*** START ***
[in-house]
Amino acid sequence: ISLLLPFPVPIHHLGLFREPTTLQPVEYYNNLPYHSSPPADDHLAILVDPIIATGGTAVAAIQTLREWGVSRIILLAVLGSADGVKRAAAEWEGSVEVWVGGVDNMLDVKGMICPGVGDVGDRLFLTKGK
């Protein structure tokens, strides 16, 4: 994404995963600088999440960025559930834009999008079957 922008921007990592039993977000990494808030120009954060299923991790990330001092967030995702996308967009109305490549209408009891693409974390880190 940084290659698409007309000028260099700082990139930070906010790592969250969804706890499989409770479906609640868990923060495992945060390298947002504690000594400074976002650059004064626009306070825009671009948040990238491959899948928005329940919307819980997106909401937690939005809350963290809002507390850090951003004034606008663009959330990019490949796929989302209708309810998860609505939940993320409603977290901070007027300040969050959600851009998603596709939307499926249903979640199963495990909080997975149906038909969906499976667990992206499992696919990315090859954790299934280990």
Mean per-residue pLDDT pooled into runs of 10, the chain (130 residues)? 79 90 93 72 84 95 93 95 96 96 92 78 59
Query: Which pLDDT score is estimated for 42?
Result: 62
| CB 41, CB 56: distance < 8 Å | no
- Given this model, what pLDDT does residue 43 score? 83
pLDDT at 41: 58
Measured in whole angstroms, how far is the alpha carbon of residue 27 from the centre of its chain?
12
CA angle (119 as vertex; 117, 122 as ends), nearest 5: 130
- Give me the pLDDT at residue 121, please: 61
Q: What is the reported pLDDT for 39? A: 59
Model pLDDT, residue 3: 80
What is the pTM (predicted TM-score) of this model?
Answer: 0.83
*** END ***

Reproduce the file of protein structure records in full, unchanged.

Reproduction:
[in-house]
Amino acid sequence: ISLLLPFPVPIHHLGLFREPTTLQPVEYYNNLPYHSSPPADDHLAILVDPIIATGGTAVAAIQTLREWGVSRIILLAVLGSADGVKRAAAEWEGSVEVWVGGVDNMLDVKGMICPGVGDVGDRLFLTKGK
């Protein structure tokens, strides 16, 4: 994404995963600088999440960025559930834009999008079957 922008921007990592039993977000990494808030120009954060299923991790990330001092967030995702996308967009109305490549209408009891693409974390880190 940084290659698409007309000028260099700082990139930070906010790592969250969804706890499989409770479906609640868990923060495992945060390298947002504690000594400074976002650059004064626009306070825009671009948040990238491959899948928005329940919307819980997106909401937690939005809350963290809002507390850090951003004034606008663009959330990019490949796929989302209708309810998860609505939940993320409603977290901070007027300040969050959600851009998603596709939307499926249903979640199963495990909080997975149906038909969906499976667990992206499992696919990315090859954790299934280990």
Mean per-residue pLDDT pooled into runs of 10, the chain (130 residues)? 79 90 93 72 84 95 93 95 96 96 92 78 59
Query: Which pLDDT score is estimated for 42?
Result: 62
| CB 41, CB 56: distance < 8 Å | no
- Given this model, what pLDDT does residue 43 score? 83
pLDDT at 41: 58
Measured in whole angstroms, how far is the alpha carbon of residue 27 from the centre of its chain?
12
CA angle (119 as vertex; 117, 122 as ends), nearest 5: 130
- Give me the pLDDT at residue 121, please: 61
Q: What is the reported pLDDT for 39? A: 59
Model pLDDT, residue 3: 80
What is the pTM (predicted TM-score) of this model?
Answer: 0.83